Friday, September 29, 2006
If you haven't seen Holiday, I highly recommend it. It's classic screwball Cary - he does some physical comedy that would probably break a neck or a leg if you or I tried it. Lew Ayres is also a fun watch as the family drunk.
Thursday, September 28, 2006
Wednesday, September 27, 2006
When stockholders filed into R. H. Macy & Co.'s annual meeting in Manhattan last week, they spotted a new, but familiar face on the board: Actor Robert Montgomery, who was elected to Macy's board last September. In no time at all, Bob Montgomery found himself playing a big scene in which he was cast as the villain. What, demanded heckling stockholders, was he doing there anyway?
Replied Montgomery: "I've been in the business and professional field for 30 years. Whatever my talents are, they are at Macy's service." To which a lady replied dryly from the floor: "Thank you, Mr. Montgomery. I see you still have the gift of gab." Then, Lewis D. Gilbert, who owns stock in 600-odd corporations, including twelve shares in Macy's, and makes an avocation of harassing corporate boards, threw a question at President Jack I. Straus: "What does Mr. Montgomery know about merchandising?" Straus tried to defend Montgomery's qualifications as a director. After all, he said, several of the other directors had not known much about retailing when they had joined the board. Snorted Gilbert: "Maybe that's what's wrong with Macy's." . . .
Tuesday, September 26, 2006
Monday, September 25, 2006
I can probably count on one hand how many color photos I have seen of Bob (not colorized) and I'd say most, if not all, were from the 1950s. *Sigh*
Robert Taylor....yep, seen a few. Robert Young, nothing (I could go on...).
10 a.m. Three Loves Has Nancy (1938)
A country girl follows the man who jilted her to the big city, where she finds two new suitors. Cast: Janet Gaynor, Robert Montgomery, Franchot Tone. Dir: Richard Thorpe. BW-70 mins, TV-G
6 a.m. Mr. & Mrs. Smith (1941)
A quarrelsome couple discovers their marriage isn't legal. Cast: Carole Lombard, Robert Montgomery, Gene Raymond. Dir: Alfred Hitchcock
10 a.m. Night Must Fall (1937)
A charming young man worms his way into a wealthy woman's household, then reveals a deadly secret. Cast: Robert Montgomery, Rosalind Russell, Dame May Whitty. Dir: Richard Thorpe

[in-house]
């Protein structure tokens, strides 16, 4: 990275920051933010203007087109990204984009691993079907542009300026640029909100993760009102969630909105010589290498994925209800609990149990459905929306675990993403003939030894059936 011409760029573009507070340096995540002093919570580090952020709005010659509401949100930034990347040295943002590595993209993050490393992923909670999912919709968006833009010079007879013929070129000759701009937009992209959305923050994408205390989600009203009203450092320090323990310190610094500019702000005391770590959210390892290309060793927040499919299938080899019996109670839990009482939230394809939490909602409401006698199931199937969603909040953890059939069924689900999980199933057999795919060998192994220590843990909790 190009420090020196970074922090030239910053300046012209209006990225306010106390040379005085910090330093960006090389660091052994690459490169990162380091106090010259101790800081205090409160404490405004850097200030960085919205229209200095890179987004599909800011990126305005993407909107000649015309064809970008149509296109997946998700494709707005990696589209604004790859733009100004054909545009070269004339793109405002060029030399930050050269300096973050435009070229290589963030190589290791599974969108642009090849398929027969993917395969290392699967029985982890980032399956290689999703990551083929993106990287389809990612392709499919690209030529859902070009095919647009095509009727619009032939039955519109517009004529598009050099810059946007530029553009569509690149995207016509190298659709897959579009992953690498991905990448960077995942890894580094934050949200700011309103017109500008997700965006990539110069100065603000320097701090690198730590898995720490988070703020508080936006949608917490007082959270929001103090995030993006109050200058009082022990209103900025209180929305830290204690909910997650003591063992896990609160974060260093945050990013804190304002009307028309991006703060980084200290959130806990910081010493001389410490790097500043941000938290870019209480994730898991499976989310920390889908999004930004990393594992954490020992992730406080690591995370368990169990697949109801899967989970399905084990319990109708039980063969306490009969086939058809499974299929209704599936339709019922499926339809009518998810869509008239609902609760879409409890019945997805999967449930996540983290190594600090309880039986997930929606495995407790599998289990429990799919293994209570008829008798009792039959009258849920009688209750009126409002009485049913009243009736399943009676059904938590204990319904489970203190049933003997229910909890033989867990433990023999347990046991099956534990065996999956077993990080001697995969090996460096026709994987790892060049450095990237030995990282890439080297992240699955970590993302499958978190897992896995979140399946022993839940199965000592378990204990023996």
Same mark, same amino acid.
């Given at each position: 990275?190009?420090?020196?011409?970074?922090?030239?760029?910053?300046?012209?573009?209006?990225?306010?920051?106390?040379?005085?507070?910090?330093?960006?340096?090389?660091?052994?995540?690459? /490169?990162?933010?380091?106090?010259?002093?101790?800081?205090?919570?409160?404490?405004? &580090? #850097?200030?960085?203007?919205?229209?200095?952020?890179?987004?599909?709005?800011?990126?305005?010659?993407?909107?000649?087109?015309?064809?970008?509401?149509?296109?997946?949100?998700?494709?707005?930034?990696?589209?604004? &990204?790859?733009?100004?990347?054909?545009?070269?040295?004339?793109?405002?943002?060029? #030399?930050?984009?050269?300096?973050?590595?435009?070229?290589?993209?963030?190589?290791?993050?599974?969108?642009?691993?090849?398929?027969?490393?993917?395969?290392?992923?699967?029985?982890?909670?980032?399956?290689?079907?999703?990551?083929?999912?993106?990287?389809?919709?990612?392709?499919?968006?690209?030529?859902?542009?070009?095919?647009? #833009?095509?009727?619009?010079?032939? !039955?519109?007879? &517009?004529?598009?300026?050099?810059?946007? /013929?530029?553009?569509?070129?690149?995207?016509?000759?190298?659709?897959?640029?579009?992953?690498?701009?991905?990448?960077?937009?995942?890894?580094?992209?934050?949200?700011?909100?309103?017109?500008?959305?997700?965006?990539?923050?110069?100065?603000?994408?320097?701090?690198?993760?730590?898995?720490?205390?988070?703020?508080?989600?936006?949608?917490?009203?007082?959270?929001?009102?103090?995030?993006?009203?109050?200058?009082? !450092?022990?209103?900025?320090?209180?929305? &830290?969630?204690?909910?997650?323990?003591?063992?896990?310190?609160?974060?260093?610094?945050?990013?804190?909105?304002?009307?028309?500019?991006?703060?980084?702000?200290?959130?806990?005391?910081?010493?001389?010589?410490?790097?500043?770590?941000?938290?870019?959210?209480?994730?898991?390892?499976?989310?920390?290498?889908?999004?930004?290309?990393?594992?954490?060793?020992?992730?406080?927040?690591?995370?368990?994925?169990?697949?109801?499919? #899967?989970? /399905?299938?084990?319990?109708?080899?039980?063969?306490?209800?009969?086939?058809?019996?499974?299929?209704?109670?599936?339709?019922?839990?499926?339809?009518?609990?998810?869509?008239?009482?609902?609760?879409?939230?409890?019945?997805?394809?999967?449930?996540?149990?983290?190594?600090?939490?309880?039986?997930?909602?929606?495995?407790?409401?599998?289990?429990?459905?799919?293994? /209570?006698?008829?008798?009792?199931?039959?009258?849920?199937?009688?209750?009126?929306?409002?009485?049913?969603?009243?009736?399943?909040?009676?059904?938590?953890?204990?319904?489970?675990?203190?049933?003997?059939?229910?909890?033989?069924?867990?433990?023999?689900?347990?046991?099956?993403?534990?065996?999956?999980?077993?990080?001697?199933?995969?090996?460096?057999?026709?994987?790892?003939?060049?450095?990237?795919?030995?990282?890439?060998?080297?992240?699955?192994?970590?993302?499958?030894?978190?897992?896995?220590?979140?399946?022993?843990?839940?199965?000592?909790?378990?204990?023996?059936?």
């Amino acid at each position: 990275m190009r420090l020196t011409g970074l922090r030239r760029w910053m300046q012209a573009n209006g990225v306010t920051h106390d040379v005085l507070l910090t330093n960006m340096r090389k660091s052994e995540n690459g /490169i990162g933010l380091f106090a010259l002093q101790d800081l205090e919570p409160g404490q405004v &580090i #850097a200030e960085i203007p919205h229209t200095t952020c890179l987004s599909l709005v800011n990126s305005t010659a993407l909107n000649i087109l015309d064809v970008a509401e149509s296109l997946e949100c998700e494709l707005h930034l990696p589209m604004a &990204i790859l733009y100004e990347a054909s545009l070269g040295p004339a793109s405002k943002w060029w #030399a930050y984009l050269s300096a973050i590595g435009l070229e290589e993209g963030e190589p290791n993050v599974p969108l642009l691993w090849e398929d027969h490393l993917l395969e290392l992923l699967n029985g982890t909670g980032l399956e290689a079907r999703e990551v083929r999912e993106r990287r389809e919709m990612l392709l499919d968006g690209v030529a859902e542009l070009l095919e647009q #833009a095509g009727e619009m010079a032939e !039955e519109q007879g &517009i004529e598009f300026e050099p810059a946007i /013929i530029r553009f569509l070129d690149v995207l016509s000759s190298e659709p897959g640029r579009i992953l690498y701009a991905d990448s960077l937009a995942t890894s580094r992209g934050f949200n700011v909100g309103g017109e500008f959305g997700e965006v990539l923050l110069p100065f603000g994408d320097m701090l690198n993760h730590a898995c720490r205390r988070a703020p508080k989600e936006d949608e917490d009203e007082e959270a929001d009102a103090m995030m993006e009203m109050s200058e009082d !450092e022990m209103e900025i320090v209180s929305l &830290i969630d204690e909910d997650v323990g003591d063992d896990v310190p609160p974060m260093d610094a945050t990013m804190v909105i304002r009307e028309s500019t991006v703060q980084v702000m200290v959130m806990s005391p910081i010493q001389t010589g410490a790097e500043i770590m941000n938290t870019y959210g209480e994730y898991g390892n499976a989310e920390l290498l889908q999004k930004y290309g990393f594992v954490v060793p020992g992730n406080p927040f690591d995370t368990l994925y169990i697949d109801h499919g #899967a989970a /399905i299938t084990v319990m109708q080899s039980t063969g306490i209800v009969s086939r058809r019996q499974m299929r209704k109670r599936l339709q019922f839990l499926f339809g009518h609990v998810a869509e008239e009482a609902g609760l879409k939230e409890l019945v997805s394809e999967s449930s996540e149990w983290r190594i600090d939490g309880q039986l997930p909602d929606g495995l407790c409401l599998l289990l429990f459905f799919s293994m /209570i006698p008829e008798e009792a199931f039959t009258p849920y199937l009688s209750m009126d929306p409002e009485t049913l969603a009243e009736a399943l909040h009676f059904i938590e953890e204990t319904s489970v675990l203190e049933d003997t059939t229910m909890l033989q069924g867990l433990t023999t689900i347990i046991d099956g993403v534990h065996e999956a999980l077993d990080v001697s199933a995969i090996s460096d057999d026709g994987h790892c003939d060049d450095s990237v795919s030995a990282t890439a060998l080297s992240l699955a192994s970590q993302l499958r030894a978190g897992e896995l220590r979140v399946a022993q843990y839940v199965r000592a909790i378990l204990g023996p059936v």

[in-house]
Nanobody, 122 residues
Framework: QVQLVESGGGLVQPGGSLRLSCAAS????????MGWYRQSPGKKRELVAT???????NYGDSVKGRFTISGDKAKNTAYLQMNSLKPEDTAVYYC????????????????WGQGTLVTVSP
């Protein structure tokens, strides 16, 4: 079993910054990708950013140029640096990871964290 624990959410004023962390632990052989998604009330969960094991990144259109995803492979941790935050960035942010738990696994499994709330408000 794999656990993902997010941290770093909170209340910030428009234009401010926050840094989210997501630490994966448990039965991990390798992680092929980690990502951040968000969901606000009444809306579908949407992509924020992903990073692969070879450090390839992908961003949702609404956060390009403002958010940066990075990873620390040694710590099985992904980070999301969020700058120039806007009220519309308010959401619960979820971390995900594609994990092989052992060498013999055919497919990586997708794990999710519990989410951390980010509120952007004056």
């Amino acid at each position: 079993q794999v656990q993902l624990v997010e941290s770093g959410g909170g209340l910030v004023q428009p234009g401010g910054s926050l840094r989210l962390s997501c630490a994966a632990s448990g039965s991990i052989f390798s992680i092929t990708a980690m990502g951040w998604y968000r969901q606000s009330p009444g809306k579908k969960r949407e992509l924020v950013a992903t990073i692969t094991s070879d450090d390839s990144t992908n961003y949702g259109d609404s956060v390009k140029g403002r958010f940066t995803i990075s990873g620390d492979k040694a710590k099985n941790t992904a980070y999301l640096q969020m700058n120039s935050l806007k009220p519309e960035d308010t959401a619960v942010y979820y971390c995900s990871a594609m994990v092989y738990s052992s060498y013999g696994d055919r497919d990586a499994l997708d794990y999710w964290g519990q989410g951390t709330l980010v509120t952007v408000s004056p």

26 Thursday - The entire "Fast..." series
1:30 p.m. Fast Company (1938)
Married book-dealers Joel and Gerda Sloane try to clear a friend in the murder of a rival book-seller . Cast: Melvyn Douglas, Florence Rice, Louis Calhern. Dir: Edward Buzzell
2:45 p.m. Fast And Loose (1939)
Married book-dealers Joel and Garda Sloane investigate the killing of a noted collector. Cast: Robert Montgomery, Rosalind Russell, Reginald Owen. Dir: Edwin L. Marin
4:15 p.m. Fast And Furious (1939)
Married book-dealers Joel and Garda Sloane get mixed up with murder during a beauty pageant . Cast: Franchot Tone, Ann Sothern, Ruth Hussey. Dir: Busby Berkeley
Friday, September 22, 2006
They tried sneaking George (as Brooks) out of the hospital in a casket. It really didn't work out. He was smoking in the casket & when they saw the smoke coming out, well, you get the idea.
Attention world. I have a new movie for my favorites list - 1939's Honolulu. Why might you ask? Well, let me give you a quick rundown:
- The cast: Robert Young, Eleanor Powell, Gracie Allen, George Burns
- The story: Brooks Mason is a Hollywood actor all the girls are mad about. Whenever he comes in contact with fangirls, they literally rip his clothes off and attack him to the point of hospitalization. Then there's George Smith. Poor guy looks just like Brooks & gets mobbed just the same. Brooks & George meet & decide to switch lives for a bit. George owns a pineapple plantation in Hawaii and Brooks just wants a vacation away. Yeah, there's more to it - get a synopsis here.
- Scenes with both Brooks & George (ahh, 1939 movie technology...)
- Eleanor Powell sure knows how to cut a rug - her *famous* hula scene is in this flick.
- The "Dress as your favorite star" party on the cruise. Young playing Smith playing Stokowski. Multiple Groucho Marx's (and the rest of the Bros.), the poor guys playing W.C. Fields & Clark Gable (where do all these people get their props in the middle of the Pacific Ocean)?
- Just the thought of warm, tropical weather in a 1930s setting
Thursday, September 21, 2006